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Aung San Suu Kyi Still Held


Aung San Suu Kyi Still Held
This month, Burmese pro-democracy leader and Nobel Peace Prize winner Aung San Suu Kyi marked another birthday in detention. She was first arrested by Burma's military junta in 1989 and has spent most of the intervening years in the regime's custody. In a written statement, U.S. Secretary of State Condoleezza Rice said, Aung San Suu Kyi has been "denied her liberty and fundamental political and civil rights by Burma's military rulers. This deplorable situation," said Secretary Rice, "must end."

Aung San Suu Kyi has devoted most of her adult life to bringing democratic change to Burma. In one of her most famous speeches, Aung San Suu Kyi said, "It is not power that corrupts but fear. Fear of losing power corrupts those who wield it and fear of the scourge of power corrupts those who are subject to it." In 1988, the Burmese military took power in a coup. In May of 1990, Aung San Suu Kyi's party, the National League for Democracy, won an overwhelming victory in parliamentary elections. However, the junta refused to honor the results and instead imprisoned many political activists. Today, there are approximately two-thousand political prisoners in Burma. Most of them, according to a recent U.N. report, are being held under appalling conditions.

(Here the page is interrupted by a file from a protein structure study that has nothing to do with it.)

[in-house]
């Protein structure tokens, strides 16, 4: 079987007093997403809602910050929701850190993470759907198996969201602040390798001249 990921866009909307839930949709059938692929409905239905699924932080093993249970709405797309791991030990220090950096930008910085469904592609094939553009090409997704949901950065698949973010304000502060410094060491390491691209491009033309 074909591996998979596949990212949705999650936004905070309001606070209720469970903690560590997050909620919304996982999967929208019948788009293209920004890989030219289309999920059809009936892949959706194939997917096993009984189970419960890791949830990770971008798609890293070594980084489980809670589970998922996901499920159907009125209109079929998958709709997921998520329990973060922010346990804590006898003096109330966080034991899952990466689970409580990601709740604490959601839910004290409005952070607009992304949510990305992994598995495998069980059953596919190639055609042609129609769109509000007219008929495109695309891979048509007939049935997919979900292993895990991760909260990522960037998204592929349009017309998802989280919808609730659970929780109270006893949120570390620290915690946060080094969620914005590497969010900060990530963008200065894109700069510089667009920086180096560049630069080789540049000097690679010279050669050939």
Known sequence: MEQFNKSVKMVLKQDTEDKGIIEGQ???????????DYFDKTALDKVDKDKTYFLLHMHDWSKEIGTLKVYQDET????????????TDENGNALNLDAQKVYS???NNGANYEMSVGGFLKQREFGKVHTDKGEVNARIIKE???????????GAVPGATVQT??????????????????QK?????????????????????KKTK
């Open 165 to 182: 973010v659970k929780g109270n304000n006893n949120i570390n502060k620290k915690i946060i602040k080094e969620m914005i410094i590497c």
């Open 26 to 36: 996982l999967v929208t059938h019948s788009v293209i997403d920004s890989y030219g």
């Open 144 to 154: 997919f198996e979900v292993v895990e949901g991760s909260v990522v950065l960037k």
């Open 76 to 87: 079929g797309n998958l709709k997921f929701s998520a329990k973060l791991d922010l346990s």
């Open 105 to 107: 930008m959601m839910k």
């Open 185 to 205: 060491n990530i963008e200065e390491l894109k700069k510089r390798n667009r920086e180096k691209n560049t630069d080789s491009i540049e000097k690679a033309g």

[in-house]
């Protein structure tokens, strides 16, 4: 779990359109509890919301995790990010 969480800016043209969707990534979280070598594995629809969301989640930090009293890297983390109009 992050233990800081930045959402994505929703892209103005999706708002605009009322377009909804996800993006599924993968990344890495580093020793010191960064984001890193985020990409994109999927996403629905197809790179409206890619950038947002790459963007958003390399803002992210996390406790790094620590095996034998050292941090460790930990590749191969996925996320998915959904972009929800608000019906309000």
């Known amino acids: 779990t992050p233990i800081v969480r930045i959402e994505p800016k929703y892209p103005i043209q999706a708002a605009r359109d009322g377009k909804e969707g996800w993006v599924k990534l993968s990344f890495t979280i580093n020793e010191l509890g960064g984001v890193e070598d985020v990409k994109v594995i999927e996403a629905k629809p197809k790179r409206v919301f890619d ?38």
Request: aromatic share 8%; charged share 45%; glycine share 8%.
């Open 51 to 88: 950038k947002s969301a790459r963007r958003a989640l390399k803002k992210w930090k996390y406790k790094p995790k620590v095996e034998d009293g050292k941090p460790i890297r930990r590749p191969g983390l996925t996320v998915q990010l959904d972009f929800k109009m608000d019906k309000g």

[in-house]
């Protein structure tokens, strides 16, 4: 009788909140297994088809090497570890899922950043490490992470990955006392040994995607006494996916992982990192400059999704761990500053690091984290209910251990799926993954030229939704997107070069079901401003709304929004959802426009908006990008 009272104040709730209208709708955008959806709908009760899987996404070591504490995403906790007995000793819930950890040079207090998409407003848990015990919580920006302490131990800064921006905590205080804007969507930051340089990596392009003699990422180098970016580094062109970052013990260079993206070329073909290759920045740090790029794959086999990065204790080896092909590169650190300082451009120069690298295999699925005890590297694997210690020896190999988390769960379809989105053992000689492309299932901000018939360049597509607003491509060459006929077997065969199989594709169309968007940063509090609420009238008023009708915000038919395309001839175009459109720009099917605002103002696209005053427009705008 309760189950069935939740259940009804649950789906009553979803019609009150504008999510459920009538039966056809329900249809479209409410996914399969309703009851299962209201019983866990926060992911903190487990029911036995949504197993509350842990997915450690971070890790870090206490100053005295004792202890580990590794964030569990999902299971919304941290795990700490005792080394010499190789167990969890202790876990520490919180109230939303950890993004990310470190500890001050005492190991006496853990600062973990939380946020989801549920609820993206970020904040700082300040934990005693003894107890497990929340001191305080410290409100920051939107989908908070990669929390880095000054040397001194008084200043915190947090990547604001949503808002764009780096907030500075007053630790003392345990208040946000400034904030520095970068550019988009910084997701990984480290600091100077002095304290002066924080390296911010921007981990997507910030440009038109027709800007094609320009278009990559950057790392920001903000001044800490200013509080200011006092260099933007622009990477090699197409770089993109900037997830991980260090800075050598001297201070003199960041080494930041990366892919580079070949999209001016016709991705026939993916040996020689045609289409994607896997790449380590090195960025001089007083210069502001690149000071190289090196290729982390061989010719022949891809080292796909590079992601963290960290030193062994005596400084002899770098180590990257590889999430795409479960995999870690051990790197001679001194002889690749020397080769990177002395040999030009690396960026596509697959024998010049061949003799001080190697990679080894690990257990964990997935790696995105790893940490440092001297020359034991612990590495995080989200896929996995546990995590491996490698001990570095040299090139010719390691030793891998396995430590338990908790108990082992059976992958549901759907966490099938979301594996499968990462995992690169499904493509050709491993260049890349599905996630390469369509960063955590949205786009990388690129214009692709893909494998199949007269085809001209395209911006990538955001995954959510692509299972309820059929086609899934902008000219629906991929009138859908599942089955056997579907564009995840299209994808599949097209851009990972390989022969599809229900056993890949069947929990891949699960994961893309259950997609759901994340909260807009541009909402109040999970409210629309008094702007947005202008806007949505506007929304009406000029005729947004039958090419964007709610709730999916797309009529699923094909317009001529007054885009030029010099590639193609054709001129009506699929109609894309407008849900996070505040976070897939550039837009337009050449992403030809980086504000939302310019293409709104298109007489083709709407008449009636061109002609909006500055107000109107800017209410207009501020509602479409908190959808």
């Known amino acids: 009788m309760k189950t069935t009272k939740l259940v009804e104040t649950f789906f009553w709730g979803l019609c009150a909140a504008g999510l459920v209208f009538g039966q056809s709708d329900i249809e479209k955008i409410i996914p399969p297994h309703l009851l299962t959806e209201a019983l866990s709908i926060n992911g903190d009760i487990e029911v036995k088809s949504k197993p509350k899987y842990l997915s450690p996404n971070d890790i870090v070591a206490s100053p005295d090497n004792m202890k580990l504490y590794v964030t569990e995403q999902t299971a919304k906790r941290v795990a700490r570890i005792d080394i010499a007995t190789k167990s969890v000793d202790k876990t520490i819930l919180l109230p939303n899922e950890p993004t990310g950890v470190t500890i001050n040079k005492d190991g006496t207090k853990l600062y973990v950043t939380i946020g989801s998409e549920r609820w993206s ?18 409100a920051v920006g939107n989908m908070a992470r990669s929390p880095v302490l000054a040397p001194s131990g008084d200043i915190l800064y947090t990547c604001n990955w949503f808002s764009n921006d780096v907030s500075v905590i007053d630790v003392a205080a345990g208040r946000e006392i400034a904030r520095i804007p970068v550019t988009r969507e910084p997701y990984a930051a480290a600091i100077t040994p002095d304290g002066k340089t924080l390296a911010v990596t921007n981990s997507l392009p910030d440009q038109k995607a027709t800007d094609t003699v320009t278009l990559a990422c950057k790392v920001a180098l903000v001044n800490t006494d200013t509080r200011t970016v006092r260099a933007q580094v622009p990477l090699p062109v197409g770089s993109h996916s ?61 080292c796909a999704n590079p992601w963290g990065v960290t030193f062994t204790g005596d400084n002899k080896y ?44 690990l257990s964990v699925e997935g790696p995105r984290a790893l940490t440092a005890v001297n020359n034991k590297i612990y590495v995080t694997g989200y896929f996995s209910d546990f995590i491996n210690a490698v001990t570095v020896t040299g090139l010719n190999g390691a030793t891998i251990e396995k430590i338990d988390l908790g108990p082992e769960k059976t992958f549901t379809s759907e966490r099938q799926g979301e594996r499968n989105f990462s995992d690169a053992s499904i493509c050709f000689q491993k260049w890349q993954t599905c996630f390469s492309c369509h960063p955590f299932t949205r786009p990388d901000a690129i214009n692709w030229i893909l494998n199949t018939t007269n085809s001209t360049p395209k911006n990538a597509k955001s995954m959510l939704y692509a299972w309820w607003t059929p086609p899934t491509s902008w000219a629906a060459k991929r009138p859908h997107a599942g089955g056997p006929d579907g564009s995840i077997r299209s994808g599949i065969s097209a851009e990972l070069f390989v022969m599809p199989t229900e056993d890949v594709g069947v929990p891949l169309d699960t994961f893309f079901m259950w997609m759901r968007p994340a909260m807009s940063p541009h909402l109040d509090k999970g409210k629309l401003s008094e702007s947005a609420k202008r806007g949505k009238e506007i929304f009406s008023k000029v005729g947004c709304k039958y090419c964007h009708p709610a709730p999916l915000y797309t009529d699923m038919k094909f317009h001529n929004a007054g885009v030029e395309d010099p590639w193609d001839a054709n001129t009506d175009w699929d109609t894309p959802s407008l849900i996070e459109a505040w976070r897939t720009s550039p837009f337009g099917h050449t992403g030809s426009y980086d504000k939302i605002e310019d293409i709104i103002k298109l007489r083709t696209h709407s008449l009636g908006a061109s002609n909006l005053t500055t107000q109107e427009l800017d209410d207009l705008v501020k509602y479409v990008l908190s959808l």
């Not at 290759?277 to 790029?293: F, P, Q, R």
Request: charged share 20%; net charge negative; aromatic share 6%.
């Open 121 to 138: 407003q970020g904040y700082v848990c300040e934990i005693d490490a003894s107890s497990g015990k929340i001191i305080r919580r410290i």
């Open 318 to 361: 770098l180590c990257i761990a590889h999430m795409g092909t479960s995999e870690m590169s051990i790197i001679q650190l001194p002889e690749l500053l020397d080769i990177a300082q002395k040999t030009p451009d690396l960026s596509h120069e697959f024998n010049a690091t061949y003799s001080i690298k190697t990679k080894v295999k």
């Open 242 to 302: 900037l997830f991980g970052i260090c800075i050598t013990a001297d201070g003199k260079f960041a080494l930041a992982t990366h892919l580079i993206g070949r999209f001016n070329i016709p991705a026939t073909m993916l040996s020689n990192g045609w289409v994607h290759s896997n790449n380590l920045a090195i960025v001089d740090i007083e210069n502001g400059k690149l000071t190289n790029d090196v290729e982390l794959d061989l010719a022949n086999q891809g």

In May of this year, the Burmese military junta held an illegitimate referendum on a draft constitution. The referendum was conducted in an environment of fear and intimidation. The regime criminalized criticism of the referendum and further restricted freedom of speech, assembly, and association.

Recently, Burma's military government has backtracked even on the modest steps it had taken -- naming a liaison to meet regularly with Aung San Suu Kyi and allowing her to meet with her colleagues in Burma's National League for Democracy. There have been no meetings with either since January. Aung San Suu Kyi has also been denied regular access to medical care and legal counsel.

Rather than risk more massive demonstrations like the ones last September, the Burmese government should act now and release all political prisoners, including Aung San Suu Kyi. Moreover, the military junta should begin a dialogue with Aung San Suu Kyi and other democratic and ethnic minority leaders on a transition to democracy.
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